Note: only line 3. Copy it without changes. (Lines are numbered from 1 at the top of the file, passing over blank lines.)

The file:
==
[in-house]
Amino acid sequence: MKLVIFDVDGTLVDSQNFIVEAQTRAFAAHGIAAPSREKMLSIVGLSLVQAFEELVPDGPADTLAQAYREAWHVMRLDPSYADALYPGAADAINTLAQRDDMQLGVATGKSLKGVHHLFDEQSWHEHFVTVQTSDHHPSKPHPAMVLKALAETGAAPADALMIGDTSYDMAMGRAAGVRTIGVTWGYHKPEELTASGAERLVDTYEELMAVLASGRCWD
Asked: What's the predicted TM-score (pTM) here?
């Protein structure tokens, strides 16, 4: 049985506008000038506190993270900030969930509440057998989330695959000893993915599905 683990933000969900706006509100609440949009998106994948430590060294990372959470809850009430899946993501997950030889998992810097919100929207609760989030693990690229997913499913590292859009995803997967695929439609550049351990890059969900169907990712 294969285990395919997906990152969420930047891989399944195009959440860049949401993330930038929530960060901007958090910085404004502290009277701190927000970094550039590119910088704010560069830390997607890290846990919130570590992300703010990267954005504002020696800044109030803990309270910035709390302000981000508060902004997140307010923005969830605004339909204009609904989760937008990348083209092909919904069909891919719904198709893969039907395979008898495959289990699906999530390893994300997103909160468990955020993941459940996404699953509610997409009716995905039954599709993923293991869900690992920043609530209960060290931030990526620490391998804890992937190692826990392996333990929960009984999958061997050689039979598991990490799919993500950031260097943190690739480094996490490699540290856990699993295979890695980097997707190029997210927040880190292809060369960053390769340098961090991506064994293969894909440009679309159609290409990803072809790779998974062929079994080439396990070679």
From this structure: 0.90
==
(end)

Asked: What's the predicted TM-score (pTM) here?